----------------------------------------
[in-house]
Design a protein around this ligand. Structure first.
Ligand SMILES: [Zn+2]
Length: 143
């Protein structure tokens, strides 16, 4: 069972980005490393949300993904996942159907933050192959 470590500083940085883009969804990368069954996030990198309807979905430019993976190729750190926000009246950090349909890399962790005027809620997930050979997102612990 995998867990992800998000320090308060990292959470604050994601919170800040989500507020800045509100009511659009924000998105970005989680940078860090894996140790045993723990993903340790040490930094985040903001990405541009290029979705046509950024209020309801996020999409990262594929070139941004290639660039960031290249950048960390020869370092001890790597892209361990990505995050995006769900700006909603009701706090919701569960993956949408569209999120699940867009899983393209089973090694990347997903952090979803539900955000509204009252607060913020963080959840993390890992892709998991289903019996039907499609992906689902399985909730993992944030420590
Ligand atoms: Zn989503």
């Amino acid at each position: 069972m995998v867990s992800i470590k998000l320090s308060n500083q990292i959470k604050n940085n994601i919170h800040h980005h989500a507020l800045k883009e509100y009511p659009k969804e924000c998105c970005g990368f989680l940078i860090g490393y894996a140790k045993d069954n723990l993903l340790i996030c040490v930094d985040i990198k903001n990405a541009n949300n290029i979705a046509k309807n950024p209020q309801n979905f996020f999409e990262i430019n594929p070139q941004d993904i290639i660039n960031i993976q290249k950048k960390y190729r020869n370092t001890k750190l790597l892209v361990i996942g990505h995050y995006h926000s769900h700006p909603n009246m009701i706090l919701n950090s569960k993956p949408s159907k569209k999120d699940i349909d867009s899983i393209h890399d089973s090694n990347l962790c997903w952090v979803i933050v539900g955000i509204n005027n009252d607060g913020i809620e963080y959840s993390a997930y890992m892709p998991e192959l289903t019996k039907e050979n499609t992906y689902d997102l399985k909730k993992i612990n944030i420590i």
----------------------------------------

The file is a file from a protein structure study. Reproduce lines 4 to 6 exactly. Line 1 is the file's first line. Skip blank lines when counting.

Length: 143
């Protein structure tokens, strides 16, 4: 069972980005490393949300993904996942159907933050192959 470590500083940085883009969804990368069954996030990198309807979905430019993976190729750190926000009246950090349909890399962790005027809620997930050979997102612990 995998867990992800998000320090308060990292959470604050994601919170800040989500507020800045509100009511659009924000998105970005989680940078860090894996140790045993723990993903340790040490930094985040903001990405541009290029979705046509950024209020309801996020999409990262594929070139941004290639660039960031290249950048960390020869370092001890790597892209361990990505995050995006769900700006909603009701706090919701569960993956949408569209999120699940867009899983393209089973090694990347997903952090979803539900955000509204009252607060913020963080959840993390890992892709998991289903019996039907499609992906689902399985909730993992944030420590
Ligand atoms: Zn989503």